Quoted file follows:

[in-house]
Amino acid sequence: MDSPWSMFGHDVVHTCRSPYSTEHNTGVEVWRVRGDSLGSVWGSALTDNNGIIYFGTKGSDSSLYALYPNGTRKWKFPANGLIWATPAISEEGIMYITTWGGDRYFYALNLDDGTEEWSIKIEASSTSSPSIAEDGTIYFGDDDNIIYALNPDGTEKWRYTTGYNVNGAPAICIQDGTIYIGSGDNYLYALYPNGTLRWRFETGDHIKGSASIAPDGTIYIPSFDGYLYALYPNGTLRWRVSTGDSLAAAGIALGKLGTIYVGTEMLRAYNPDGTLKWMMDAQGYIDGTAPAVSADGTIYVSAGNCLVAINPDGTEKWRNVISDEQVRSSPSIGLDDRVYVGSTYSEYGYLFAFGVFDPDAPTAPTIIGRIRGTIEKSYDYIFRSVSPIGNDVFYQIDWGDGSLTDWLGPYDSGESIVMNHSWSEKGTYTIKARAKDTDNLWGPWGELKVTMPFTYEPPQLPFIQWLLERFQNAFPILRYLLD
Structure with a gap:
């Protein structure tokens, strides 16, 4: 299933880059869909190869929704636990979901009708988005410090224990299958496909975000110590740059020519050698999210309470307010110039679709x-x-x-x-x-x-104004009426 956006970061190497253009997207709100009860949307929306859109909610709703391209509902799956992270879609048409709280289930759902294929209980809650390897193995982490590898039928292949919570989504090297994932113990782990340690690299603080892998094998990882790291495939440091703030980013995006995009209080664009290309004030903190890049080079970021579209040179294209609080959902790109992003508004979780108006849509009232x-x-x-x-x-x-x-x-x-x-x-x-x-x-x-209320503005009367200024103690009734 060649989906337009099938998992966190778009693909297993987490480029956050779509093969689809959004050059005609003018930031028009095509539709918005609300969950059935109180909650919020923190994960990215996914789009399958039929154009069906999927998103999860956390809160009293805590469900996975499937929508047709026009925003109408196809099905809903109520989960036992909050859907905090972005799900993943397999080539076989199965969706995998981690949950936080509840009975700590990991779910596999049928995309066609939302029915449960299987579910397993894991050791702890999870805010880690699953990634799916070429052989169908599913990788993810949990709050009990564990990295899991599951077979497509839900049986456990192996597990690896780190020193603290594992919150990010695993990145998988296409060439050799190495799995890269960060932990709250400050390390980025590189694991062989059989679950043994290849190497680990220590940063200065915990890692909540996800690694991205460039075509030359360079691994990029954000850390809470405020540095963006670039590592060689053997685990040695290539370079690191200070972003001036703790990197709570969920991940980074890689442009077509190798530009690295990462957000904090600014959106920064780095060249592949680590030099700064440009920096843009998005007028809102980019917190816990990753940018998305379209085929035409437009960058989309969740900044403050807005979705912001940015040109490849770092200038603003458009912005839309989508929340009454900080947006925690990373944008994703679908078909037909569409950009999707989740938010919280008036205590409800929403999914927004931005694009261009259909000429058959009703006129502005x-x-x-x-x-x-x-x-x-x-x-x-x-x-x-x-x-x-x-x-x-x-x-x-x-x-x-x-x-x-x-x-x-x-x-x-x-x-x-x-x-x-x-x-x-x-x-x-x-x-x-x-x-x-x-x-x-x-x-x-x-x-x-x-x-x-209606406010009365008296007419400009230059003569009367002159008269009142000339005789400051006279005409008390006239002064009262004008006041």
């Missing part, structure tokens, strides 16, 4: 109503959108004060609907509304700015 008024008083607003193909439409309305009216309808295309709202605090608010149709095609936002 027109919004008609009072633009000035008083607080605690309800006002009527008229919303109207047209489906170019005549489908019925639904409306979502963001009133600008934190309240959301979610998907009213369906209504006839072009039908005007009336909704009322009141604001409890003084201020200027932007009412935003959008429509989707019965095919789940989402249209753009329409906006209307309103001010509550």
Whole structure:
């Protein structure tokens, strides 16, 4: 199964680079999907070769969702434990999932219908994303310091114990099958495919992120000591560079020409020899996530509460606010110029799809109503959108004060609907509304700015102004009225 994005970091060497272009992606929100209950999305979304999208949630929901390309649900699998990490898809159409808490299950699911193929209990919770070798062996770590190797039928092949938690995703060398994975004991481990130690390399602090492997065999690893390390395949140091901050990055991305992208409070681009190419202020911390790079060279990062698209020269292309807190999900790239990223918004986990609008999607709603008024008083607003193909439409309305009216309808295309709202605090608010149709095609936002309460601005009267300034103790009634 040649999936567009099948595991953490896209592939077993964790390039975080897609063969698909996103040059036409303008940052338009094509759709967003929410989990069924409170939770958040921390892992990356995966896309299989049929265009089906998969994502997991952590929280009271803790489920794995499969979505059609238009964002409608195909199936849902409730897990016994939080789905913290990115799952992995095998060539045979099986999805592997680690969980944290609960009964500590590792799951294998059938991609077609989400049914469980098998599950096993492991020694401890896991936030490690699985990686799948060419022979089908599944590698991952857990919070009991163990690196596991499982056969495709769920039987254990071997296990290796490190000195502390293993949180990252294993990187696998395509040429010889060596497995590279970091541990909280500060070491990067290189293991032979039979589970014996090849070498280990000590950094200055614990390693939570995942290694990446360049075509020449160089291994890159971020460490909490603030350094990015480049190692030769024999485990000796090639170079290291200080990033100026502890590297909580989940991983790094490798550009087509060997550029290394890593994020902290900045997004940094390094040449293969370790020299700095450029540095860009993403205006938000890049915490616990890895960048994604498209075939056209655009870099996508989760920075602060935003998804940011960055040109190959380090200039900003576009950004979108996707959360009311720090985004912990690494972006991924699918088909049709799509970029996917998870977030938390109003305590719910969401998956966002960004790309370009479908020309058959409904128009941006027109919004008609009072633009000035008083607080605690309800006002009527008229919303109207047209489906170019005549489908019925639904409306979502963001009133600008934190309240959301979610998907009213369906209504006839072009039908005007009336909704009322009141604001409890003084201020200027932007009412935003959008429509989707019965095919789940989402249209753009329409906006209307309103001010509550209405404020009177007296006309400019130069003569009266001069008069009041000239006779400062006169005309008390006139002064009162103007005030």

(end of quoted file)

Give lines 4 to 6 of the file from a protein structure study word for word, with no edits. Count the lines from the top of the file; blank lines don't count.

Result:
């Protein structure tokens, strides 16, 4: 299933880059869909190869929704636990979901009708988005410090224990299958496909975000110590740059020519050698999210309470307010110039679709x-x-x-x-x-x-104004009426 956006970061190497253009997207709100009860949307929306859109909610709703391209509902799956992270879609048409709280289930759902294929209980809650390897193995982490590898039928292949919570989504090297994932113990782990340690690299603080892998094998990882790291495939440091703030980013995006995009209080664009290309004030903190890049080079970021579209040179294209609080959902790109992003508004979780108006849509009232x-x-x-x-x-x-x-x-x-x-x-x-x-x-x-209320503005009367200024103690009734 060649989906337009099938998992966190778009693909297993987490480029956050779509093969689809959004050059005609003018930031028009095509539709918005609300969950059935109180909650919020923190994960990215996914789009399958039929154009069906999927998103999860956390809160009293805590469900996975499937929508047709026009925003109408196809099905809903109520989960036992909050859907905090972005799900993943397999080539076989199965969706995998981690949950936080509840009975700590990991779910596999049928995309066609939302029915449960299987579910397993894991050791702890999870805010880690699953990634799916070429052989169908599913990788993810949990709050009990564990990295899991599951077979497509839900049986456990192996597990690896780190020193603290594992919150990010695993990145998988296409060439050799190495799995890269960060932990709250400050390390980025590189694991062989059989679950043994290849190497680990220590940063200065915990890692909540996800690694991205460039075509030359360079691994990029954000850390809470405020540095963006670039590592060689053997685990040695290539370079690191200070972003001036703790990197709570969920991940980074890689442009077509190798530009690295990462957000904090600014959106920064780095060249592949680590030099700064440009920096843009998005007028809102980019917190816990990753940018998305379209085929035409437009960058989309969740900044403050807005979705912001940015040109490849770092200038603003458009912005839309989508929340009454900080947006925690990373944008994703679908078909037909569409950009999707989740938010919280008036205590409800929403999914927004931005694009261009259909000429058959009703006129502005x-x-x-x-x-x-x-x-x-x-x-x-x-x-x-x-x-x-x-x-x-x-x-x-x-x-x-x-x-x-x-x-x-x-x-x-x-x-x-x-x-x-x-x-x-x-x-x-x-x-x-x-x-x-x-x-x-x-x-x-x-x-x-x-x-x-209606406010009365008296007419400009230059003569009367002159008269009142000339005789400051006279005409008390006239002064009262004008006041």
């Missing part, structure tokens, strides 16, 4: 109503959108004060609907509304700015 008024008083607003193909439409309305009216309808295309709202605090608010149709095609936002 027109919004008609009072633009000035008083607080605690309800006002009527008229919303109207047209489906170019005549489908019925639904409306979502963001009133600008934190309240959301979610998907009213369906209504006839072009039908005007009336909704009322009141604001409890003084201020200027932007009412935003959008429509989707019965095919789940989402249209753009329409906006209307309103001010509550």
Whole structure: